Under the Radar

102: Procrastiworking


00:00:00   Welcome to Under the Radar, a show about independent iOS app development.

00:00:04   I'm Marco Arment.

00:00:05   And I'm David Smith.

00:00:06   Under the Radar is never longer than 30 minutes, so let's get started.

00:00:10   So, I have a problem, and I think it's a problem that I think you can probably help me with, Marco,

00:00:16   and I think it's something that we need to talk about.

00:00:19   Are you breaking up with me?

00:00:20   No, no. Nothing like that.

00:00:22   But it's an area that I hear that you're an expert in, and I feel like I just need some advice.

00:00:27   So, this last week, I've been dealing with kind of a tricky situation programmatically.

00:00:35   So, I'm working on Workouts++.

00:00:37   I have been adding a whole bunch of new features to it.

00:00:41   It's been this really nice update that I've planned for the end of this year.

00:00:45   And there's one thing left, basically.

00:00:48   I have this one big task I need to undertake.

00:00:50   I need to redesign the workout configuration screen.

00:00:55   And it's kind of this big, multi-day task that I'm kind of honestly scared about.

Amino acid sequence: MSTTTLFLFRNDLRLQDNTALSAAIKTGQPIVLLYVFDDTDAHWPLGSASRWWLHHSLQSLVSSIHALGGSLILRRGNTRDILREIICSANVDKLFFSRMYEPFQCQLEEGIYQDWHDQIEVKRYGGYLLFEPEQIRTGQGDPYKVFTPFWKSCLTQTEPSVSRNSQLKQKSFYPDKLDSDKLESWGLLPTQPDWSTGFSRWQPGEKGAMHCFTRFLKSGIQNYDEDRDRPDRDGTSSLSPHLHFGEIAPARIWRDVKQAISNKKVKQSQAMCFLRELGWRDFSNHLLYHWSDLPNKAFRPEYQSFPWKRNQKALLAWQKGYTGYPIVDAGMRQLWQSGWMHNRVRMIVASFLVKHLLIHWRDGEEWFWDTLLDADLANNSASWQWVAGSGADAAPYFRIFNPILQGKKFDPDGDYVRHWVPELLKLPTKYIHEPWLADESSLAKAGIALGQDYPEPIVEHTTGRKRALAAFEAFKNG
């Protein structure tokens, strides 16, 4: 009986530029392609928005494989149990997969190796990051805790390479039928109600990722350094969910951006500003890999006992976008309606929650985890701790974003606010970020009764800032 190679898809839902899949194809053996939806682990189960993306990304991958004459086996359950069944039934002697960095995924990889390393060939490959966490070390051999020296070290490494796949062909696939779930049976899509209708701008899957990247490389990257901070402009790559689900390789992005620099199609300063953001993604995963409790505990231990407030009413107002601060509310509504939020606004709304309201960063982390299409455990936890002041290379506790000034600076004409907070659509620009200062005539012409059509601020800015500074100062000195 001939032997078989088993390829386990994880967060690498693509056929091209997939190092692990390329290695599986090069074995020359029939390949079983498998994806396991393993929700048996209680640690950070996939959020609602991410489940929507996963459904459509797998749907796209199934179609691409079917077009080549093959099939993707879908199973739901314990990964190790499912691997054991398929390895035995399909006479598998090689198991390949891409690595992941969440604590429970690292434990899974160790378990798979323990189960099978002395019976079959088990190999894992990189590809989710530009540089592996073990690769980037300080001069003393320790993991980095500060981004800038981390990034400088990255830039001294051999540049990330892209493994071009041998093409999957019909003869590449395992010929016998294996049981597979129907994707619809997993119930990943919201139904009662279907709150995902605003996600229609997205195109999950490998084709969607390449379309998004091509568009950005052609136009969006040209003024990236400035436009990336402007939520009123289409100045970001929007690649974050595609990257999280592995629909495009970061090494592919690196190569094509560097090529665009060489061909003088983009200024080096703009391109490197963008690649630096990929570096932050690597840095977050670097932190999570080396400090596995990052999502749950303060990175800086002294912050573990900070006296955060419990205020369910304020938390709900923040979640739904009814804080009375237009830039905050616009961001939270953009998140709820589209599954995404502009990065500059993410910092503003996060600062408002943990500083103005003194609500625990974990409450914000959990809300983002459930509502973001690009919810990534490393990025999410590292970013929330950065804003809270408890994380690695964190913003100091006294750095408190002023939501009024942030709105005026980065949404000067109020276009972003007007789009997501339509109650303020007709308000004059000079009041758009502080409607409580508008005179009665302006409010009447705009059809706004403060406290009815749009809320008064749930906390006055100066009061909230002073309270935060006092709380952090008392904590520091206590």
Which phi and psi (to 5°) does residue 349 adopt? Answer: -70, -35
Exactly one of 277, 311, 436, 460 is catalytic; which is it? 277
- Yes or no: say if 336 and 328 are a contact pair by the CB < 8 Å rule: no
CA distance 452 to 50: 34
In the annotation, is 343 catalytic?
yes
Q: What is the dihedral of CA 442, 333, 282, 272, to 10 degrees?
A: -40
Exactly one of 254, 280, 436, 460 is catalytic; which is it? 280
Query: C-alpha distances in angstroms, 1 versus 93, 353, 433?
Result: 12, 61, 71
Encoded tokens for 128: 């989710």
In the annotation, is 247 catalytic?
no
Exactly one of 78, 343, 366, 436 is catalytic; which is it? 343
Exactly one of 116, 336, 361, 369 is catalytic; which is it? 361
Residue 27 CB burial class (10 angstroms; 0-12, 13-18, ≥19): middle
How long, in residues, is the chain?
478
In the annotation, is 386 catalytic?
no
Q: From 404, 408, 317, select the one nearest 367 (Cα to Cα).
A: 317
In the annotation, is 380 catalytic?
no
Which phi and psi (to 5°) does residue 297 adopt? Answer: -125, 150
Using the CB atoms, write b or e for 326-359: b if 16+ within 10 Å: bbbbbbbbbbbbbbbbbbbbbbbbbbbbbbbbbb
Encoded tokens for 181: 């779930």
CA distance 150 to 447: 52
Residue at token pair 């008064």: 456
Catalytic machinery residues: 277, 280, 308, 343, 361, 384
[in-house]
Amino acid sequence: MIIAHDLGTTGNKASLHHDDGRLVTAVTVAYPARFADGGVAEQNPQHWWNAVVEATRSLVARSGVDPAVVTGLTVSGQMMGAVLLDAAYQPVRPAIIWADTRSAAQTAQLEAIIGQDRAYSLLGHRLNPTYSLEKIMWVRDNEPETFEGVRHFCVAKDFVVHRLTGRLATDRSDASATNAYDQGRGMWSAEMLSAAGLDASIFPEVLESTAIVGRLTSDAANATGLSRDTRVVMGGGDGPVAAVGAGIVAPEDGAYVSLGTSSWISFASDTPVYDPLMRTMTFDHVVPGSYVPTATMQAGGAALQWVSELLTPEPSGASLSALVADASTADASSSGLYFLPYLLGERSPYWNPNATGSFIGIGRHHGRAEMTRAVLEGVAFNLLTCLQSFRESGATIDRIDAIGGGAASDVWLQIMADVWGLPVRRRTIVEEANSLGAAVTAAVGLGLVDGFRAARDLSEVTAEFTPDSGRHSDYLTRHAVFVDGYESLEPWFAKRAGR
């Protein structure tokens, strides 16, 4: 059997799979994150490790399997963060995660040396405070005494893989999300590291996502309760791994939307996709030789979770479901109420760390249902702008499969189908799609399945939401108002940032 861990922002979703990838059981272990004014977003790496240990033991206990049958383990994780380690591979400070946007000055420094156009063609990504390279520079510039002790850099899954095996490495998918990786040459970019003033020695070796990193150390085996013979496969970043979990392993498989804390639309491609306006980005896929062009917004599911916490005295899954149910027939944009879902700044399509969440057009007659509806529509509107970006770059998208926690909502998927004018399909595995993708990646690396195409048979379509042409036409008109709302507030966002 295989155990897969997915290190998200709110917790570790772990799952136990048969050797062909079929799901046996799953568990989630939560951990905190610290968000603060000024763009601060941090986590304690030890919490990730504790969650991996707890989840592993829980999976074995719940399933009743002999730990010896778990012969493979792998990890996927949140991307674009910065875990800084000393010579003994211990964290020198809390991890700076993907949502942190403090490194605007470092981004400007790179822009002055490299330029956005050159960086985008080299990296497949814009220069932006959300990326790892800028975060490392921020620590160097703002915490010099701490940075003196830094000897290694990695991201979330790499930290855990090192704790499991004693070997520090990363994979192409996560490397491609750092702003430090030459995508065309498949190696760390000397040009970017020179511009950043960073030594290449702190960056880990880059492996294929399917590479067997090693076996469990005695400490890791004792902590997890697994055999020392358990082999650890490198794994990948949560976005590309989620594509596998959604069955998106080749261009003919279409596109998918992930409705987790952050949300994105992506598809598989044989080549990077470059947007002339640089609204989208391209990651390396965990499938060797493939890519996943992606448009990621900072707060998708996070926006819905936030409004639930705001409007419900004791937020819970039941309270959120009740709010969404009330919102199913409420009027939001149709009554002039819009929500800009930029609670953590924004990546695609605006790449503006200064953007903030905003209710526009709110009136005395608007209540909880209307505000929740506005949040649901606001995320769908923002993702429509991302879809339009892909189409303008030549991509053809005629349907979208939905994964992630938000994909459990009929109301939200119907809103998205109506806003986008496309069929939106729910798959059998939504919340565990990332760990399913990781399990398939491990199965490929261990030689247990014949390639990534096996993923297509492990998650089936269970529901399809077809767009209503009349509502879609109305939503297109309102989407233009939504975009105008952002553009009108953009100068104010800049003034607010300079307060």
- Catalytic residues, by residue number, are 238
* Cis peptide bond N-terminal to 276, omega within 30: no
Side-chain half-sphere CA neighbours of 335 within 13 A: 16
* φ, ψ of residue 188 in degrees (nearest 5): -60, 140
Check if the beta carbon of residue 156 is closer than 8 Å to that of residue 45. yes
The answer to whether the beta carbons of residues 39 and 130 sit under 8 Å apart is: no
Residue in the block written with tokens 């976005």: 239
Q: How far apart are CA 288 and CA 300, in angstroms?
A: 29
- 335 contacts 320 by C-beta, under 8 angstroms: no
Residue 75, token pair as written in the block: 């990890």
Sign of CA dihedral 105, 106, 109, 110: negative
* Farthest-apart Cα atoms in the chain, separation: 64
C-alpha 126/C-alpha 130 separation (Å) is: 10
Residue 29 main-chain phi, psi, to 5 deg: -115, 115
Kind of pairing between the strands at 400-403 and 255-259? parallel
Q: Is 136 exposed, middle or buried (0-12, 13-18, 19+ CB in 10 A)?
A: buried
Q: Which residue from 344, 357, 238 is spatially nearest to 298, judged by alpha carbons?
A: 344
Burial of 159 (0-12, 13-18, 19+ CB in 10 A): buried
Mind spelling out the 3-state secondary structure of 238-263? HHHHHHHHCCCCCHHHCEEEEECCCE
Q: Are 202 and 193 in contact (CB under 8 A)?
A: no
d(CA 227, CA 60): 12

00:01:00   And the thing that I'm struggling with is what is the best methods that I can use to procrastinate and not do it.

00:01:07   Because that is essentially what I have found myself doing for the last week.

00:01:13   And in all honesty, I thought it would be an interesting thing to discuss.

00:01:17   Because I started to keep track of all the strategies that I have come up with to avoid doing this task.

00:01:27   And so far, my list is 19 different things that I have done in the last week to avoid doing this.

00:01:34   And so, hey, there's just a little bit of comedy in that.

00:01:37   And I'm sure you have your own.

00:01:39   And I think it actually is interesting to unpack a little bit of what the things that I do are.

00:01:45   Because the more I think about this, and as I'm slightly self-aware, the thing that is most likely to get me to actually attack this problem and to solve it is to recognize when I'm doing the things that are avoidance and recognize them for what they are.

00:02:04   And maybe sometimes that's okay.